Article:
tuna action 555Well as you know, what happens in Vegas stays in Vegas, but as you know, Vegas is filled with Elvis impersonators, so we will only tell you that the action includes a very funny scene where Osner playing Elvis (# 42) meets Morton as (Elvis #7). And Aunt Pearl hits it big on a slot machine, and wants to spend her winnings quickly before the IRS finds out.

The Dual Critics saw the show on a Saturday night, on its second performance, and the house was filled with laugh-happy theatre patrons (and we were included). Mr. Osner and Mr. Morton were positively amazing with timing and lines, while on stage constantly in different hilarious roles for two full hours of this two-act laugh riot.

tuna action 259Having accomplished actors was a plus for this show, but the production team deserves applause as well. The Director was Cody Russell, who stays busy choreographing shows or acting in the capacity of musical director.

There were a total of nine scenes, and the entire audience can vouch for the efficiency of Milan Alley, who as Stage Manger was constantly on and off the set, changing furniture, paintings, and props.

The many costumes and wigs were marvelous and were selected and created by the two performers. (Hey, Blake and Allen, it’s time take this show on the road after it closes. St. Augustine and Fernandina would love it).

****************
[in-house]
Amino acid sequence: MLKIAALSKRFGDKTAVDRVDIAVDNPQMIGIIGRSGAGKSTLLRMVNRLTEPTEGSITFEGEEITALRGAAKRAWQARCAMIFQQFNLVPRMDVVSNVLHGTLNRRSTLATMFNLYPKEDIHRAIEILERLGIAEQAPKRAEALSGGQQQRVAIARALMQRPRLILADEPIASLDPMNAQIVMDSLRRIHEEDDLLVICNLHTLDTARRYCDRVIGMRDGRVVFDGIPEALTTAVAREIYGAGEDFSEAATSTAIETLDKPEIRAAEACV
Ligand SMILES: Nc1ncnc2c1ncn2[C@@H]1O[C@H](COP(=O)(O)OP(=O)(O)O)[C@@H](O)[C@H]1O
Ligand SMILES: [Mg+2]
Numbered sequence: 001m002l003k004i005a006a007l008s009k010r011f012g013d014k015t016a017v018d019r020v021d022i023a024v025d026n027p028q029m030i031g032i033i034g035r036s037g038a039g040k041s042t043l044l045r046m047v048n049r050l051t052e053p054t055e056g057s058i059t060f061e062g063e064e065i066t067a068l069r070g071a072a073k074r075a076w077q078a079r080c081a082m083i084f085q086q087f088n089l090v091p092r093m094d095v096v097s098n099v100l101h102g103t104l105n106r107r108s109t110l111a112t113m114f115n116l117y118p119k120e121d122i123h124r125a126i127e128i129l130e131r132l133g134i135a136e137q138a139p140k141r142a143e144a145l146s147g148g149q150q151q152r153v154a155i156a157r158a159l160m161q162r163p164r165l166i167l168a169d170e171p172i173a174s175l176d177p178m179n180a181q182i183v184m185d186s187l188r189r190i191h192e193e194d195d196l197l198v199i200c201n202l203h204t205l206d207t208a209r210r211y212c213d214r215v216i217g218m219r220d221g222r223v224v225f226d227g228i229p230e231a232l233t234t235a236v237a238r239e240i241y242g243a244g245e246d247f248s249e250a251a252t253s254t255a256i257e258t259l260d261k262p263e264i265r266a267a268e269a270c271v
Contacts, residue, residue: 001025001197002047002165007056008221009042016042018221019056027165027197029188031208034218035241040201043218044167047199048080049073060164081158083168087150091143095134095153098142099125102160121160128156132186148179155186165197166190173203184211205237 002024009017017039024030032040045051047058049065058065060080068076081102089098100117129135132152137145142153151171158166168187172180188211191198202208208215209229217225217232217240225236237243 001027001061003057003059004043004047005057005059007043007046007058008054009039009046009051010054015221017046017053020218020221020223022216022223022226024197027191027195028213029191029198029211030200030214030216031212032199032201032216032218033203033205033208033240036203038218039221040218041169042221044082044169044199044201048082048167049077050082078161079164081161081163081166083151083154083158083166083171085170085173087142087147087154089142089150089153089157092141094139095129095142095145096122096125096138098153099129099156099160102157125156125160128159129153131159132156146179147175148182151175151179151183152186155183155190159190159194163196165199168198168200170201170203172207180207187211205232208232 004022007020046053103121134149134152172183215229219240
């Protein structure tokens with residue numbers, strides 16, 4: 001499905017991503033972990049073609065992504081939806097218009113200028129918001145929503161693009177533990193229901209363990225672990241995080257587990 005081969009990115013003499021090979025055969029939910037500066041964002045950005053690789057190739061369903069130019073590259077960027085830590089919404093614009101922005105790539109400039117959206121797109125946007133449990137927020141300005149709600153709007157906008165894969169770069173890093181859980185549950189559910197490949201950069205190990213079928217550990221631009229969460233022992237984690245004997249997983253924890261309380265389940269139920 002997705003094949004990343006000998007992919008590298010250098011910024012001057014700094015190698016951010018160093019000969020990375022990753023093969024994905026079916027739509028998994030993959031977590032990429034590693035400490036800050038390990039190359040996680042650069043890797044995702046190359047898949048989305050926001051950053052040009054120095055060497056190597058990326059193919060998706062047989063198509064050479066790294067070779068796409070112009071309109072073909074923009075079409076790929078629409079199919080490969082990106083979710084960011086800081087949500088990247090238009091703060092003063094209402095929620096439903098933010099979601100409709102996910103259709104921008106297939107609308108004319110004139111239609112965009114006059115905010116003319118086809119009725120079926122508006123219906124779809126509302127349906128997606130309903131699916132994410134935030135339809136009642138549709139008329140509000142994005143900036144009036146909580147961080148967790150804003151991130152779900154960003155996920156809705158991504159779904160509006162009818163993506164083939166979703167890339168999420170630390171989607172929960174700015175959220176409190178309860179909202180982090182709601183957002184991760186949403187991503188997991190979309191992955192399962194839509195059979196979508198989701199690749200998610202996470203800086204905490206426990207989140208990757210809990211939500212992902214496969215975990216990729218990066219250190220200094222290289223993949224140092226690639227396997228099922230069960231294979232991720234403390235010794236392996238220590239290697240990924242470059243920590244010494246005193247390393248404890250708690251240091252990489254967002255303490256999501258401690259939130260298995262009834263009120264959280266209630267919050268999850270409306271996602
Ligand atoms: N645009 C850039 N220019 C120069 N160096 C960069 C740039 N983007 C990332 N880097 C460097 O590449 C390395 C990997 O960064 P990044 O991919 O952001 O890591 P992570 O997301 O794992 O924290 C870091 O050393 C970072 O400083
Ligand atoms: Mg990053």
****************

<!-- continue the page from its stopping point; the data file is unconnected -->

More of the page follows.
The quick changes involved in this production would not have been possible without the fantastic ladies back stage, who included Judy Hulett, Betsy Darnell, Stephanie Szabo, Laura Young, and Michelle Wiggins.

Also on the Production Team were Bryan Frank (Lighting and Sound Design), Andrew McCraney (Light Board Operator), Cody Russell (Set Design), and Gordon Frank (Lighting Crew).

If you tasted a “Tuna” production in the past, you will like this latest edition. If you are new to “Tuna,” it will tickle your funny bone and is sure to make you a fan. For reservations and additional information, call 904-249-7177 or visit abettheatre.com

 

 

About Dick Kerekes & Leisla Sansom

The Dual Critics of EU Jacksonville have been reviewing plays together for the past nine years. Dick Kerekes has been a critic since 1980, starting with The First Coast Entertainer and continuing as the paper morphed into EU Jacksonville. Leisla Sansom wrote reviews from time to time in the early 80s, but was otherwise occupied in the business world. As a writing team, they have attended almost thirty Humana Festivals of New America Plays at Actors Theatre in Louisville, Kentucky, and many of the annual conferences sponsored by the American Theatre Critics Association, which are held in cities throughout the country. They have reviewed plays in Cincinnati, Chicago, Miami, Sarasota, Minneapolis, Orlando, New York, Philadelphia, Sarasota, San Francisco, Shepherdstown, and The Eugene O’Neill Center in Waterford, Massachusetts. They currently review about one hundred plays annually in the North Florida area theaters, which include community, college, university, and professional productions.